Hong Kong political party Civic Passion has announced it is to disband with immediate effect, a week after its chairman Cheng Chung-tai was ousted from the legislature.
Ex-lawmaker Cheng said on Friday that his party – founded by Wong Yeung-tat in 2012 – was folding as it was struggling to find a way to move forward in the local political scene. The Civic Passion chief was unseated from the Legislative Council last Thursday, after a new government vetting body ruled he failed a patriotism test to join the Election Committee.
Two other Civic Passion members – Wong Siu-kin and Arc Wong Wing-sze – also resigned as district councillors on Friday. The party said it had served the community and “fought for Hongkongers” over the years, saying they were backed by many supporters.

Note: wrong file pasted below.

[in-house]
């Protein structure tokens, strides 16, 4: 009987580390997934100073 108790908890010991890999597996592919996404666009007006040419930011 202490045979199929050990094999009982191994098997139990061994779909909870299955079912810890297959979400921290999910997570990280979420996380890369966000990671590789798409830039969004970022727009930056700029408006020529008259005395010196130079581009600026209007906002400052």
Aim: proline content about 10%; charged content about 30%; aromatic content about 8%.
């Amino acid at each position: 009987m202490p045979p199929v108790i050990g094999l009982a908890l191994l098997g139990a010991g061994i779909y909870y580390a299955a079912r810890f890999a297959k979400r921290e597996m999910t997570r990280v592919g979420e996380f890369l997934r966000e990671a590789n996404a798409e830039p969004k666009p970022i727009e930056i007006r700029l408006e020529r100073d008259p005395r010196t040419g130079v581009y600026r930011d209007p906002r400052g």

“Facing the reality that there is no way forward in politics, the party solemnly announces to disband with immediate effect,” Cheng wrote.
Cheng’s disqualification was announced by Chief Secretary John Lee, who said the legislator did not meet the requirement of pledging loyalty to the city and vowing to uphold the Basic Law.
Cheng was hence barred from becoming an ex-officio member of a powerful committee that will elect the chief executive and some LegCo members. He also cannot take part in the upcoming legislative poll.
With roots in the localist movement, the party was perceived to be a more radical faction of the broader opposition camp. It had advocated for “extending the Basic Law perpetually,” whereby citizens would be involved in drafting a “new Hong Kong constitution.” But the movement subsided in 2016, after an election alliance involving Civic Passion suffered a defeat in the legislative election that year. Out of five lists, only Cheng was elected. Founder Wong later quit the organisation but continued to run news outlet Passion Times independently.
The decision to disqualify Cheng leaves just one member of legislature who is not aligned with the pro-government camp.
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